If you worked for a company, you have a right to get your paycheck on time and with the right amount. This is because businesses have obligations to their employees that they have to meet, including payment obligations that are required under California and federal labor laws.

When Must Paychecks Be Sent Out?

Under California law, you typically should receive a paycheck at least semi-monthly. If you are a farm worker, you should be paid weekly. Professional or executive employees can agree to only be paid once a month, but the paycheck must be given by the 26th of the month and include the entire month’s salary.

What Happens If I Am Fired?

If you are fired, you are entitled to receive your final paycheck immediately. For employees who quit their job, their employer has 72 hours to provide them with their final paycheck. However, employees who gave more than 72 hours notice before quitting should receive their final paycheck immediately upon leaving their employer.

California is one of the few states that require your company to reimburse you for any accrued vacation days. This applies to all employees, even if you have quit or if you have been fired.

If your employer is late in giving you the final paycheck, they will be fined for every day, up to 30 days, that the fail to provide your paycheck. The penalty is the amount of the employee’s wage. For example, if an employee made $100 per day, then the employer is fined $100 per day for every day that they fail to pay for up to 30 days.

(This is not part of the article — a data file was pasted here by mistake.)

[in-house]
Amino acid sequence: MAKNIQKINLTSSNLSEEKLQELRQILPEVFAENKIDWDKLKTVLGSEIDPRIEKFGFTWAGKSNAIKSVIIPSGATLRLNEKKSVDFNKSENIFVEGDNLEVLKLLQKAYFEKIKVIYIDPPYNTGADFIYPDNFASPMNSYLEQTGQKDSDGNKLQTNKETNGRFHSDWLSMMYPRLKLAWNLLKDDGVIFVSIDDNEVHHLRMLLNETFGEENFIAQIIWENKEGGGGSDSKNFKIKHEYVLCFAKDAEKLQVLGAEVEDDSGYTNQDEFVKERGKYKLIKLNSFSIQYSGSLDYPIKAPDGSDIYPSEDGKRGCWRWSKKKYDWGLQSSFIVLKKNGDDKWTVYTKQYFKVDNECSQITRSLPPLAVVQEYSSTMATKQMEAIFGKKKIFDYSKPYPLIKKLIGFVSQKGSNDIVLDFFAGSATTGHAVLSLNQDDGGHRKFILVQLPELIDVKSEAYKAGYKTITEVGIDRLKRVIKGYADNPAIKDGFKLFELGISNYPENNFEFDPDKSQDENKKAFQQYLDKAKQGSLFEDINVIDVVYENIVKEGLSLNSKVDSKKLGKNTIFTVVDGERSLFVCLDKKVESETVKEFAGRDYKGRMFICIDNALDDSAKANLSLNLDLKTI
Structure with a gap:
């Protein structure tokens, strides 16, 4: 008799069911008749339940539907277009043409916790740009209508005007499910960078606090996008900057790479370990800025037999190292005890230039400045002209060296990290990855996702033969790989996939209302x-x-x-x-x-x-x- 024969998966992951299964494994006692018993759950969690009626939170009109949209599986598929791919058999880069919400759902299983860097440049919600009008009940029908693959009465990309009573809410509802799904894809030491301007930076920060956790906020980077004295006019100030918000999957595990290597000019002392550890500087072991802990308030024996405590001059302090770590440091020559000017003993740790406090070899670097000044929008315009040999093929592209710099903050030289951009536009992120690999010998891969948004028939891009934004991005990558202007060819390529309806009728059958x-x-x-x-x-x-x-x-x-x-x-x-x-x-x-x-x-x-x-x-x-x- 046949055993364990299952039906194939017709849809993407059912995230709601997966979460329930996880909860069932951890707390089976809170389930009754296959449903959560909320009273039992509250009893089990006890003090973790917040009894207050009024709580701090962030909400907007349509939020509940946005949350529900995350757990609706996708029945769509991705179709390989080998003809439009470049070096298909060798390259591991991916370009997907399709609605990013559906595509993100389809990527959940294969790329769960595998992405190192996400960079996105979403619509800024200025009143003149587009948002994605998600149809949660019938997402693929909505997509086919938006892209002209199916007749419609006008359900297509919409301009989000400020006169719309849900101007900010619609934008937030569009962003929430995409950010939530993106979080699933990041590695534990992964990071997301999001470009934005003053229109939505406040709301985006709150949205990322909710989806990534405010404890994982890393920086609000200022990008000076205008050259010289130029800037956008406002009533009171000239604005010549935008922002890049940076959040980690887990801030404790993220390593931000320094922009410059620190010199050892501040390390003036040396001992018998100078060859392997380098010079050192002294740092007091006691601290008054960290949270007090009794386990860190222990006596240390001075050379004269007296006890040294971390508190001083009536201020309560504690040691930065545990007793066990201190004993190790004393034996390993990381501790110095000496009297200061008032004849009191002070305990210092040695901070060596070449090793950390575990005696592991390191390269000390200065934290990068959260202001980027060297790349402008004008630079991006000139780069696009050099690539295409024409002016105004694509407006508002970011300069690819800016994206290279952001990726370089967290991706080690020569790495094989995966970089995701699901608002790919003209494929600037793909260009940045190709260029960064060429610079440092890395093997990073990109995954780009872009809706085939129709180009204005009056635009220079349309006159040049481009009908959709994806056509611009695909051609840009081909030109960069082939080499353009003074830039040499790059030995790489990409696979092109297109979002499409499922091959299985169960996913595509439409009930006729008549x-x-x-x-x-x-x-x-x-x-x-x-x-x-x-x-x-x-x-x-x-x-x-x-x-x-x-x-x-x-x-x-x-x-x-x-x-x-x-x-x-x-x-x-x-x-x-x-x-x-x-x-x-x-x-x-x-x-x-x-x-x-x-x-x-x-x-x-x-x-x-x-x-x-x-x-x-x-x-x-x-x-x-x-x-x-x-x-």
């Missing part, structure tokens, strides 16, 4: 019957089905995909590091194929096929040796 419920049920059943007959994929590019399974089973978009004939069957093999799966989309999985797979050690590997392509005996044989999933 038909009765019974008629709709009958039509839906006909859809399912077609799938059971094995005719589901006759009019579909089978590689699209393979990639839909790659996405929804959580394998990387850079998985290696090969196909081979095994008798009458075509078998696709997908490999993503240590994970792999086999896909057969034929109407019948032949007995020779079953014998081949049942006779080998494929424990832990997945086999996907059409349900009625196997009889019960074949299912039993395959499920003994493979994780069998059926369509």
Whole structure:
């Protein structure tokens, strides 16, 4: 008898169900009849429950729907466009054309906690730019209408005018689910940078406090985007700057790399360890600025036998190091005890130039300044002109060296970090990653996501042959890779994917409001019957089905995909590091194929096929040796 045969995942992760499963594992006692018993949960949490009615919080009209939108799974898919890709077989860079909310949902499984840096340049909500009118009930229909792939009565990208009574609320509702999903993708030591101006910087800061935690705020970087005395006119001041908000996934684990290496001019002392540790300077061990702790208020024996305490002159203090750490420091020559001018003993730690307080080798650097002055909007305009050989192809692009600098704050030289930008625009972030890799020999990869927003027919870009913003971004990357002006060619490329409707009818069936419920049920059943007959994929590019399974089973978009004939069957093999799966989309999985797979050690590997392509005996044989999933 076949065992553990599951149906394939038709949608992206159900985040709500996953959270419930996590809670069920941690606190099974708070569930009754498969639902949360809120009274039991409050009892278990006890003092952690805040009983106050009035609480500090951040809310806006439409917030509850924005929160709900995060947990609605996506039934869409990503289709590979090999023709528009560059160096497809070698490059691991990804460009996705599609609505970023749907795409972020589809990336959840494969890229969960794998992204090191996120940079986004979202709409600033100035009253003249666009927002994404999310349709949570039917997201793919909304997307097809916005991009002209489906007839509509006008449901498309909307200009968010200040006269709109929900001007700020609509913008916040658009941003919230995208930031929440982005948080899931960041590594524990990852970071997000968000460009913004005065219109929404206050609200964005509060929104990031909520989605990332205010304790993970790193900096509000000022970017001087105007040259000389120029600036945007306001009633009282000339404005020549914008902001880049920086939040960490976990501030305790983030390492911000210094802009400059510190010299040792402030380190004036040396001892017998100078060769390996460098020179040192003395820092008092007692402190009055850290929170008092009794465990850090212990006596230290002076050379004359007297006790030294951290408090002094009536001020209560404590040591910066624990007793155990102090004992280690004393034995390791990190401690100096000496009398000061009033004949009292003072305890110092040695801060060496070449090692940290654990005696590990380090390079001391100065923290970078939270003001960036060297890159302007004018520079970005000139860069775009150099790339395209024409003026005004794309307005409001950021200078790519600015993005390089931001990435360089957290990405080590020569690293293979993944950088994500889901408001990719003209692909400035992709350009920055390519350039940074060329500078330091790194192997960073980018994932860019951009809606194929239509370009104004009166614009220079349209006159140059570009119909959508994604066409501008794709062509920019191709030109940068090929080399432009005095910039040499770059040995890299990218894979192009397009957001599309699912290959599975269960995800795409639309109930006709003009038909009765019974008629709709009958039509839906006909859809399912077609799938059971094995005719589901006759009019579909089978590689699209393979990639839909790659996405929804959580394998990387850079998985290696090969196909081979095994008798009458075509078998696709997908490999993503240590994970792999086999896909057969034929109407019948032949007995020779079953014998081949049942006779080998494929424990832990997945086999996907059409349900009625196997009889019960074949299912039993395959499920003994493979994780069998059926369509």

Can My Paycheck Be Garnished?

If you owe money to another person or a company for debts such as medical loans, then the company can sue you and ask the court to garnish your wages. For some debts, including unpaid taxes, child support, or student loans, there is no need for a court order and garnishment can be started without one.

Your employer cannot deduct money from your paycheck for broken or damaged products or tools under California law. In California, the courts understand that accidents can happen during normal work. For an employer to be able to deduct money from your paycheck to cover the cost of damaged items, they have to show that you broke the item on purpose. It can be difficult for an employer to show this, which is why they cannot automatically take the money from employee paychecks.

Can I Recover a Withheld Paycheck?

There is no reason why an employer should be withholding your paycheck. If you are having a difficult time getting your paycheck, you can file a complaint with your local Labor Commissioner’s Office. You also have the option to sue your employer in court.

What Else Do I Need to Know?

California law also requires that every single paycheck include 10 pieces of information. The information the law requires includes the gross amount, the total hours worked except for salaried workers, all deductions, net wages earned, the employee’s name and last 4 digits of their social security numbers, the days worked, the name and address of the employer, the amount of accrued leave, all hourly rates that apply and the hours worked, and if it applies the number of piece-rate items created.

Where Can I Find the Right Lawyer?

For something as important as getting your paycheck, you should obtain legal representation. A California employment lawyer can be essential in successfully obtaining your unpaid wages.